Tyler—Bobby Mims
Uvalde—Emmett Harris
Vanderpool—David Black
Waco—Josh Teton & Tom Ragland
Waxahachie—Cindy Ermatinger
Wharton—Mark Racer
Wichita Falls—Rick Bunch

Other Readings By TCDLA Members

Blank Point Beach, Sea Ranch—Richard Anderson
New Orleans, Louisiana—Sharon Curtis
Mississippi—Nicole Deborde
Yellowstone, Wyoming—Tyler Flood

Readings Outside the States

Paris, France—Mark Bennett
Cancun, Mexico—Danny Easterling

Reading the Declaration of Independence

When I was young, I loved the 4th of July. I was raised in Roswell and Midland. Being a Jewish kid, there were a few holidays, like Christmas and Easter, where I felt downright left out. But that was never the case with the 4th of July. My father, the son of a Russian immigrant, embraced the 4th as if my family had been here since 1776. As a kid I remember the fireworks, the flag waving, and the sense of pride in being an American. Paul Revere and Thomas Jefferson were childhood heroes.

In 1999 the “powers that be” built the Harris County Criminal Justice Center. They were quick to have their names plastered on the front of the building. They were almost as quick to display a crime victims’ memorial plaque in the foyer. In 2006, as President of HCCLA it dawned on me that the Declaration of Independence , the Constitution, and the Bill of Rights were all missing from the foyer of the courthouse. HCCLA remedied that by making a gift of beautiful replicas that now grace our courthouse foyer.

When I was married, like many families, we divided up the holidays. The 4th of July was celebrated at my house. Each year I would cook up giant platters overflowing with ribs, chicken, sausage, the works. The kids and adults could not wait to eat. I would bring in the platters with much fanfare. Before I would let anyone so much as touch a chicken wing, I would have one of the younger kids read the first and last paragraphs of the Declaration. Not until those words were uttered did anyone get to eat. I wanted my family to remember why we celebrated the 4th.

Last year, I thought it might be nice for HCCLA members to publicly read the Declaration of Independence. About 20 of us gathered in front of the Courthouse. As we read the Declaration aloud, I think we were all a little surprised at our own reactions. We were stirred. This was not just some reading of a historic document; this was a public declaration of our own opposition to tyranny. One after another, our voices grew louder and read with more passion. Everything we stood for, everything we fought for, came out in the few minutes we stood reading together. Not a one of us had foreseen the visceral reaction we would have. Yet immediately we recognized that we had experienced something unique. Individually and as a group the public reading had empowered us. In reading the Declaration on the steps of the Courthouse, we invoked the spirit of our Founding Fathers and sent a public message to all that we were united in our fight for liberty and against tyranny. We sent a clear message to the courthouse powers that our fight against tyranny did not stop at the door to the courthouse.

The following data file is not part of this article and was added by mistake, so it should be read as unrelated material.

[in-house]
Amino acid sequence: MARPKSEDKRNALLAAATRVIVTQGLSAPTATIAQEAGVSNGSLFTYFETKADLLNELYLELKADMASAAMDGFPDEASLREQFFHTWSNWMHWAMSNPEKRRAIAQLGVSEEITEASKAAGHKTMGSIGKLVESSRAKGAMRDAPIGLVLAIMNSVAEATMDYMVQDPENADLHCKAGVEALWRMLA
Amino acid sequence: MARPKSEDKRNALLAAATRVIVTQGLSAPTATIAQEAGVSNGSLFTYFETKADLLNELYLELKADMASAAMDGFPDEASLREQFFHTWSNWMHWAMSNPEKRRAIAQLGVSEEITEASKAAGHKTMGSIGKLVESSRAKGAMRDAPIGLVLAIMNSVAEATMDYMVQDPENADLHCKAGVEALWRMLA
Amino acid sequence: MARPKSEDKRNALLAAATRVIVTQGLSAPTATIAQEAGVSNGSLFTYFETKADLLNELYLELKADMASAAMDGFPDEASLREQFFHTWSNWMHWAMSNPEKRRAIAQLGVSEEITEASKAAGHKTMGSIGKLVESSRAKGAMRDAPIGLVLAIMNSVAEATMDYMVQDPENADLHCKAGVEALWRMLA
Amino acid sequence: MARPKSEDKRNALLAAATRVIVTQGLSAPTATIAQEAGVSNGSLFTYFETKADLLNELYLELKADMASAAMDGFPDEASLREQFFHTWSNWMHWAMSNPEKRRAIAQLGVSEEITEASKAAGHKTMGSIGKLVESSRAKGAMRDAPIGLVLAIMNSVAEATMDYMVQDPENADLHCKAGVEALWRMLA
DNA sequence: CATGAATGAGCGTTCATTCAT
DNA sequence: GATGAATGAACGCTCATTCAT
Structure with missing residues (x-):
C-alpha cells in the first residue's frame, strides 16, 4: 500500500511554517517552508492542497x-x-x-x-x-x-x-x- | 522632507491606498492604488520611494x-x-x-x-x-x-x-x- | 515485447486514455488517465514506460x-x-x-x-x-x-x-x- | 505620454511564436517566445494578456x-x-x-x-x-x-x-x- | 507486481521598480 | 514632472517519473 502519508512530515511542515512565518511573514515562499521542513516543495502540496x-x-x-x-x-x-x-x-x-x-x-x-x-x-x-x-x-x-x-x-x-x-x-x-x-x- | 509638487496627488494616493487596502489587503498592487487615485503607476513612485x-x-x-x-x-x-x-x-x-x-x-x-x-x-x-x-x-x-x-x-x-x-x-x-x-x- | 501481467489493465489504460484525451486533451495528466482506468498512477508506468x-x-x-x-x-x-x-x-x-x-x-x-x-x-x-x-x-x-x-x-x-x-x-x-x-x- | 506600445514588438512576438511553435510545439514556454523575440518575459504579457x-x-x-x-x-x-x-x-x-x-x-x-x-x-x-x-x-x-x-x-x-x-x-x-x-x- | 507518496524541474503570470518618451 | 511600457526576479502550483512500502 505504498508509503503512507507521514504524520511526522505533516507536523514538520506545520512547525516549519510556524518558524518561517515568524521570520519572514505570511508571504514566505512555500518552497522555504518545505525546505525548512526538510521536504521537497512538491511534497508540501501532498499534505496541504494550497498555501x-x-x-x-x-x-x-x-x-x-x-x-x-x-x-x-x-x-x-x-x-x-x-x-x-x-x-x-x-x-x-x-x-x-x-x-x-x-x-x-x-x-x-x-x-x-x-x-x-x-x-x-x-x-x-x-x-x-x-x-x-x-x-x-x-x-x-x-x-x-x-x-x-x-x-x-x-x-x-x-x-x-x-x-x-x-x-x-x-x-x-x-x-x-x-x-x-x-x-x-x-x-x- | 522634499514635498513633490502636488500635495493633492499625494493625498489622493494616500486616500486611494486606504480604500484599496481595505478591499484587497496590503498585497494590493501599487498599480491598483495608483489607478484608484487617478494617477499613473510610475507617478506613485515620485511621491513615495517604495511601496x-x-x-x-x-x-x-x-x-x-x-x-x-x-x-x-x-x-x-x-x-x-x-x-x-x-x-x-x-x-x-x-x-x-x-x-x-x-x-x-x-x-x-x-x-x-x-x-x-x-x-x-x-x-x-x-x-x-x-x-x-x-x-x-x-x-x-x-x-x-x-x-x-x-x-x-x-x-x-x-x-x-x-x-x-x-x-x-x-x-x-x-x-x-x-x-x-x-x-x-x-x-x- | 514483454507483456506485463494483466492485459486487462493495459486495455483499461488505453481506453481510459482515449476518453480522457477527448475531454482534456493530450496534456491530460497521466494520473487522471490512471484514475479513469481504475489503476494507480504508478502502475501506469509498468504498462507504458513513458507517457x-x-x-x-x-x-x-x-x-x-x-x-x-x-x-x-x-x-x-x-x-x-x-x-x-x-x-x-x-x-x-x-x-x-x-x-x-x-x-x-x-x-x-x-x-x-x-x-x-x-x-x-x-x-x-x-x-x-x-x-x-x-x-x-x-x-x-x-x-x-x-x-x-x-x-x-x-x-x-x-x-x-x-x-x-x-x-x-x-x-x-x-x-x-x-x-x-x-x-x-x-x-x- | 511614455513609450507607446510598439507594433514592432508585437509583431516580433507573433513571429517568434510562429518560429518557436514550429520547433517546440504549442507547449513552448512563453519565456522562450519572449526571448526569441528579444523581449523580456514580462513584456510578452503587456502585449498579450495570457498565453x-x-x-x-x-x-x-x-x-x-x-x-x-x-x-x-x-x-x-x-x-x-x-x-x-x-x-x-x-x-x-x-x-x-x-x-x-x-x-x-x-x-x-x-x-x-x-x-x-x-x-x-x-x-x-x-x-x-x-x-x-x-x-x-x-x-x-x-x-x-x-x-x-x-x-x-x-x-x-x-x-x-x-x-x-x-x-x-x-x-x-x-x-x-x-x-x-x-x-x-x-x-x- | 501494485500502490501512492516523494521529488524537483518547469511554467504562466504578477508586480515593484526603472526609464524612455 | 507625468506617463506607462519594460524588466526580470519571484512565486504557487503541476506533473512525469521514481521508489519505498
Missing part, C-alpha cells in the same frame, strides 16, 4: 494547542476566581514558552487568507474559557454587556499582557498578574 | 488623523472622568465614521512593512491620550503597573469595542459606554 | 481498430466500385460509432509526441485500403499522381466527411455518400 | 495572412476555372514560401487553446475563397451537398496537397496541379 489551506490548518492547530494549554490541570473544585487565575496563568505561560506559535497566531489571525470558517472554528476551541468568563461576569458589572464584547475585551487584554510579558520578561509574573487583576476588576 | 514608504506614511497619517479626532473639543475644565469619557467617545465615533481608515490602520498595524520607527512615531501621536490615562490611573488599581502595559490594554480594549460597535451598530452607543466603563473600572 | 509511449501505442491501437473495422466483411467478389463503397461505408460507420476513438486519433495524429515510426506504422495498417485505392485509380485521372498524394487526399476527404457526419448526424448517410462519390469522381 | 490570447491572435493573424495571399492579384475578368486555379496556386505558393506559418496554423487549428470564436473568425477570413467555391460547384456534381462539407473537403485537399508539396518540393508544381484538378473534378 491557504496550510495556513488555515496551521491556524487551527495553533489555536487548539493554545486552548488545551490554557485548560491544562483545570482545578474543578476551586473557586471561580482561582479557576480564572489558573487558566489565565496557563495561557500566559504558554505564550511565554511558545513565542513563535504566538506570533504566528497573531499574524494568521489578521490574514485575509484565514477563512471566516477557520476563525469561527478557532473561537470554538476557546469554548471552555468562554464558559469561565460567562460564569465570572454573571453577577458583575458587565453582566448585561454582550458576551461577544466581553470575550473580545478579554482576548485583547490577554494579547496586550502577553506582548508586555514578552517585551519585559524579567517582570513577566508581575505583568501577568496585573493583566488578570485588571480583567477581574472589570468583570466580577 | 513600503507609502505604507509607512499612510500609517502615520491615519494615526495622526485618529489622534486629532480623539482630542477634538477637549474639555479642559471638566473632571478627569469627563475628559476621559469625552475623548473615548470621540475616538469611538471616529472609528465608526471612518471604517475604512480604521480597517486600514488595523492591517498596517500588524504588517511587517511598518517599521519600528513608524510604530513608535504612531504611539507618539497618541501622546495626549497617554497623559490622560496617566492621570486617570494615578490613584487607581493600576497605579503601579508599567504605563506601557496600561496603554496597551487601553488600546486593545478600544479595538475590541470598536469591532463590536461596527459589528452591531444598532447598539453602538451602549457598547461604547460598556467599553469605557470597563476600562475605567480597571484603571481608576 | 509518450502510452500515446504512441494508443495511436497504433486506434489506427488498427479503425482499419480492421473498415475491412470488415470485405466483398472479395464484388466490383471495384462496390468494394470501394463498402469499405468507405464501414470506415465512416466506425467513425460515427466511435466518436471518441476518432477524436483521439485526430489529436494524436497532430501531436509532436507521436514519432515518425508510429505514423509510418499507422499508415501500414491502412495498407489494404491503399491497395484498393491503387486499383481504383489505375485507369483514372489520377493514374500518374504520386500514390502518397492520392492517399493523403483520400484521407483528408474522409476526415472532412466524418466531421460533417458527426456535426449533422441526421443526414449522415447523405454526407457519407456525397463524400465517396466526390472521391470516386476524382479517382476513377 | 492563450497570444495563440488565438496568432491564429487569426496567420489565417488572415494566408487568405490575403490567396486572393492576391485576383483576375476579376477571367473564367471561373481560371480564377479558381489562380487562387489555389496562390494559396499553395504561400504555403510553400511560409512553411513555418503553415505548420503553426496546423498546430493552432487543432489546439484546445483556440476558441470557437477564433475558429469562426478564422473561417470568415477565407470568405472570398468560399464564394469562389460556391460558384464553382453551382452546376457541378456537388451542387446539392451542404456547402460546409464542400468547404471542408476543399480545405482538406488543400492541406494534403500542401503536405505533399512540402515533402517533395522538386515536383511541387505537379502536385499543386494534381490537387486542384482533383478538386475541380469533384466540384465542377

A few months ago I had lunch with Gary Trichter. Gary asked me about the Reading. Gary had the idea to take what we started last year in Houston and spread it across Texas. I thought it was a great idea. He wanted TCDLA to encourage criminal defense lawyers across the state to read the Declaration so that people across Texas might remember the true meaning of the 4th.

Gary’s idea was a huge success. At over 30 courthouses this year lawyers read the Declaration of Independence out loud (see below). In Houston , HCCLA President Earl Musick lead over 100 lawyers and friends in a reading of the Declaration.

No doubt in years past the public reading of the Declaration of Independence was an annual tradition. It’s a tradition that has been lost to the media age. I am proud of HCCLA and TCDLA for rekindling the flame and bringing these words back to life. Perhaps, NACDL will follow HCCLA and TCDLA and bring the Declaration of Independence back to life on the steps of courthouses across this country. Only good can come from people hearing criminal defense lawyers reading the Declaration of Independence.